In preparation for development of a clinical decision rule (CDR) to promote more efficient use of computed tomography (CT) for diagnosing orbital fractures, the authors sought to estimate the annual incidence of orbital fractures in emergency departments (EDs), and the usage of CT to make these diagnoses. The authors also sought to evaluate a mandatory electronic data collection instrument (EDCI) administered to providers to facilitate CDR data collection.
National estimates were made by analyzing the 2007 National Hospital Ambulatory Medical Care Survey database, while hospital billing system and coding data were used to make local estimates. An EDCI was integrated into the CT ordering system such that providers had to complete the form in order to perform a CT. Because the EDCI had to be filled out for every CT ordered, data collection efficiency was measured by compliance (counting the number of unrealistic data collection instrument answers) and by timing a convenience sample of providers completing the EDCI.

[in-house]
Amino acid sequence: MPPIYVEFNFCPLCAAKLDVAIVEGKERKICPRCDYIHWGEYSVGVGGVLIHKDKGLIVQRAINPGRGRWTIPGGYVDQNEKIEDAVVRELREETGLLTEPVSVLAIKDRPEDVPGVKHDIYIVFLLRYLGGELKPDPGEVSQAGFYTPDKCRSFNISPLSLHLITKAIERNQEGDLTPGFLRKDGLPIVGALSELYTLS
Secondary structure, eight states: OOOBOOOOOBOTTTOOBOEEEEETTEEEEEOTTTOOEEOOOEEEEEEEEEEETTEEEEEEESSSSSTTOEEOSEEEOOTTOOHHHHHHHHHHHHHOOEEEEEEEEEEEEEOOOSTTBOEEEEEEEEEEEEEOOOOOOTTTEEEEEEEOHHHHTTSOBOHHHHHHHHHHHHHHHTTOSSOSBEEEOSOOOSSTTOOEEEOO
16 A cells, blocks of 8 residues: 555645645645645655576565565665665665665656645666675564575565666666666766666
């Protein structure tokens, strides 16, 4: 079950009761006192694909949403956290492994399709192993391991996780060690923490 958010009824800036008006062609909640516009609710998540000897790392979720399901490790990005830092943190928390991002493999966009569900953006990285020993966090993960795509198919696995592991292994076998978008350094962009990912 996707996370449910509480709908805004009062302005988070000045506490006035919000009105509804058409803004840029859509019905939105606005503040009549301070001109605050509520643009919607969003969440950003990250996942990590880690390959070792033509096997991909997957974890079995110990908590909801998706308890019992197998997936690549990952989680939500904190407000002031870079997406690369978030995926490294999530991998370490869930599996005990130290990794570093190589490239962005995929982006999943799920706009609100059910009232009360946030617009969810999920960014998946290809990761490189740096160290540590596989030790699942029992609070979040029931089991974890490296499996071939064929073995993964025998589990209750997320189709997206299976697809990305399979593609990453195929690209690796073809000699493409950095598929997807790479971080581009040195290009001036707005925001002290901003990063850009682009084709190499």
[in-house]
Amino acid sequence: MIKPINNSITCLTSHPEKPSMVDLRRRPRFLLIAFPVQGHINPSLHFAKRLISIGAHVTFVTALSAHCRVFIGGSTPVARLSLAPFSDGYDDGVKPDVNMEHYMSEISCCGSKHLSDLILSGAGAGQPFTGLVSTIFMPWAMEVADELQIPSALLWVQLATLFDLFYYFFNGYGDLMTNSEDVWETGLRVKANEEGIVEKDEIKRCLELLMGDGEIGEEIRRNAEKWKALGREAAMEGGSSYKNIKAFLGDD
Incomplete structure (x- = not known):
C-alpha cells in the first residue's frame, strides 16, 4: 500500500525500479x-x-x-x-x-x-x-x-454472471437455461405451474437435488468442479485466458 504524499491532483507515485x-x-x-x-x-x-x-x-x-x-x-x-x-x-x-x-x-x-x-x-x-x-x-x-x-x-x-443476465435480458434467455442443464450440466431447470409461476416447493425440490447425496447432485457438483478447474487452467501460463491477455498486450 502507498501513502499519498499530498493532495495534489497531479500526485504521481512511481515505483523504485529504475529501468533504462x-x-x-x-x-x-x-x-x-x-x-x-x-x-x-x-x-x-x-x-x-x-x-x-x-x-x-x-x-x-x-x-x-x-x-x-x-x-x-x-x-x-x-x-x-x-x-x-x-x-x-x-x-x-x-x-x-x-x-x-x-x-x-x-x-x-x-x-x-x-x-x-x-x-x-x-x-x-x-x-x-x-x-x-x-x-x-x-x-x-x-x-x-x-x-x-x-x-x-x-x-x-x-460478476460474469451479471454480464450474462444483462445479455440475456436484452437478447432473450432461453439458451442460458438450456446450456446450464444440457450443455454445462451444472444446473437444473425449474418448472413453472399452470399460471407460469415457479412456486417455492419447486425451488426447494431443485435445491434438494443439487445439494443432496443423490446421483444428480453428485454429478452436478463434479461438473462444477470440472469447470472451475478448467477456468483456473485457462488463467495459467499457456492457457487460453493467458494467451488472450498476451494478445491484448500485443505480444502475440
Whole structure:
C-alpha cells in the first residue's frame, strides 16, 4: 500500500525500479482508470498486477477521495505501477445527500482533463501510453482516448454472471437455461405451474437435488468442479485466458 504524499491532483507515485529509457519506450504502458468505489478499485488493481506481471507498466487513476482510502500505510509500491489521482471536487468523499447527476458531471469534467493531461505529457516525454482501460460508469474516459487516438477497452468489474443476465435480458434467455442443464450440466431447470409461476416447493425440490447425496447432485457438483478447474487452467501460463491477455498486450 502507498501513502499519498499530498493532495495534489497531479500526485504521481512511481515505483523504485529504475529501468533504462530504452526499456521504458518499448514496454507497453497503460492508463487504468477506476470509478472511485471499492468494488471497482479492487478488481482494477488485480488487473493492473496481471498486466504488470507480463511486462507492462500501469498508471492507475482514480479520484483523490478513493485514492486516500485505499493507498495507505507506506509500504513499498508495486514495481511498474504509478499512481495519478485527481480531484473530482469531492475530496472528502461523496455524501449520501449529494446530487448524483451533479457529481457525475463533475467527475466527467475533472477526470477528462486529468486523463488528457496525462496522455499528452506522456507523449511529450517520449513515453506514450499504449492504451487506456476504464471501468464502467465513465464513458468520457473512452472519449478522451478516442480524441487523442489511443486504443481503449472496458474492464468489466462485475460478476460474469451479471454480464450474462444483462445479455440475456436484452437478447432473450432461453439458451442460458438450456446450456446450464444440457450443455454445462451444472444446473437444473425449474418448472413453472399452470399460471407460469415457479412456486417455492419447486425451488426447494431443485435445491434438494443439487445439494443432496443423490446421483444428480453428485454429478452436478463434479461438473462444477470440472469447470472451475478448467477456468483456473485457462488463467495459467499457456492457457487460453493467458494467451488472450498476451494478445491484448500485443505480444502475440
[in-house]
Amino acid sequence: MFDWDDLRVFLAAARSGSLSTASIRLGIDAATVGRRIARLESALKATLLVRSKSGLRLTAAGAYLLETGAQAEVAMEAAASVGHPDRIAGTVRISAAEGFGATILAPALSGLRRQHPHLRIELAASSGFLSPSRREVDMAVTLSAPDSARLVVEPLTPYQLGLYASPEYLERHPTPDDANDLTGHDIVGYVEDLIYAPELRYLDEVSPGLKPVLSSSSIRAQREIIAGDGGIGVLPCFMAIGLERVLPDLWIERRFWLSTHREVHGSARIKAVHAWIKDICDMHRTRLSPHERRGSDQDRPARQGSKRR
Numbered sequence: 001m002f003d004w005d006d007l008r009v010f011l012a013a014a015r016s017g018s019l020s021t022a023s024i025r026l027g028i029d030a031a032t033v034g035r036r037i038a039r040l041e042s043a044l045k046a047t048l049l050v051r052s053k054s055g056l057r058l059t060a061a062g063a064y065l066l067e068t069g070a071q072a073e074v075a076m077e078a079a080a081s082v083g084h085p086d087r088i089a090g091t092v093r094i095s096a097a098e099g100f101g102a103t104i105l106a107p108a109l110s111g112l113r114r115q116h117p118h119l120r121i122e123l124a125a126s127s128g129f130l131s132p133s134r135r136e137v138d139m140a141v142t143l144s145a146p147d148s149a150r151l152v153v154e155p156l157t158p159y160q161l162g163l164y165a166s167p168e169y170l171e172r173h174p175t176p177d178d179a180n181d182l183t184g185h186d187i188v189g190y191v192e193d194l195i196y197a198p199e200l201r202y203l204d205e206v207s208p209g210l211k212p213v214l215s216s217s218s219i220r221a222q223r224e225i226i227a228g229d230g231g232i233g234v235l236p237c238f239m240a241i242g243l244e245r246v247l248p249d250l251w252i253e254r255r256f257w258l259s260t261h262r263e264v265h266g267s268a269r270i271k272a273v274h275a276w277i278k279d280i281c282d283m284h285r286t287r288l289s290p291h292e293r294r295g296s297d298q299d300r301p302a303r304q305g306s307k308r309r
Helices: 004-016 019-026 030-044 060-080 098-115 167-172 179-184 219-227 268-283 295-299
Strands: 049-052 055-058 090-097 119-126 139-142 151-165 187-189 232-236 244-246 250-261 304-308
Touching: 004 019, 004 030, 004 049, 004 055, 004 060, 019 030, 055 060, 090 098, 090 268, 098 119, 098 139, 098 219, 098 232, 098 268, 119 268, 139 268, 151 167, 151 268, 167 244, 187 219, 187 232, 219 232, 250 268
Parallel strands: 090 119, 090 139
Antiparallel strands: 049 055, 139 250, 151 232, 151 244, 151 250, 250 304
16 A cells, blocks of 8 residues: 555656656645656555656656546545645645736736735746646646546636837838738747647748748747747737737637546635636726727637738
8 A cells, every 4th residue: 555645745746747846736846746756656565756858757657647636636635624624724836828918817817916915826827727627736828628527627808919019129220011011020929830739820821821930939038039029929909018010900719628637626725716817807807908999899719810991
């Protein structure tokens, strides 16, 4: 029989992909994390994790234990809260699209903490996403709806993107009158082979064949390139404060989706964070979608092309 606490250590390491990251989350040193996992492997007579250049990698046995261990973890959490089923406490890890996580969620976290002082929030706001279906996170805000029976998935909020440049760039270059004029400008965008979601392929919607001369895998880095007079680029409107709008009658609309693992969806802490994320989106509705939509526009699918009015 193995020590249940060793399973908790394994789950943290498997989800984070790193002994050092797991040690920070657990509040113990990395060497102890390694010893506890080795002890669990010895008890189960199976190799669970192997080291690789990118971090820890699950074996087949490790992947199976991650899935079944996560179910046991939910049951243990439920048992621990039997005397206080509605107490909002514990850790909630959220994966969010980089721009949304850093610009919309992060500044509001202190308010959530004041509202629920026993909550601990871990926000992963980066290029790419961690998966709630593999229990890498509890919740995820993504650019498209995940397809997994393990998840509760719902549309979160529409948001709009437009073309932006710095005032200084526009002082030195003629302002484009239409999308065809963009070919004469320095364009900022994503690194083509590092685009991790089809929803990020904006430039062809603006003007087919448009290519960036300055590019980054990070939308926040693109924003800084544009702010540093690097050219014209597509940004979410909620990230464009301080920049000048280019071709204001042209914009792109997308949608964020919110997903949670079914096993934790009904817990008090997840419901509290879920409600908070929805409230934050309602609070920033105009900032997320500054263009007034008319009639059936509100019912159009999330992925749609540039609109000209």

Out of 116.8 million ED visits in the United States in 2007, 4.1 million patients were treated for injuries of the eye and face. Of those, 820,252 patients underwent CT imaging, with 102,999 patients (12.5%) diagnosed with an orbital fracture. In our local hospital system with 122,500 annual ED visits, 752 CTs of orbits were performed, with 172 (23%) orbital fractures. The EDCI compliance rate was 94.9%, and took less than five minutes to complete.
National and local data demonstrate a low yield for CT imaging in identifying orbital fractures. Data collection using a mandatory electronic data collection instrument linked to computerized provider order entry can provide prospective, consecutive patient data that are needed to develop a CDR for the selective use of CT imaging in orbital trauma. Such a decision rule could increase the efficiency in diagnosing orbital fractures, thereby improving patient care, reducing radiation exposure, and decreasing costs.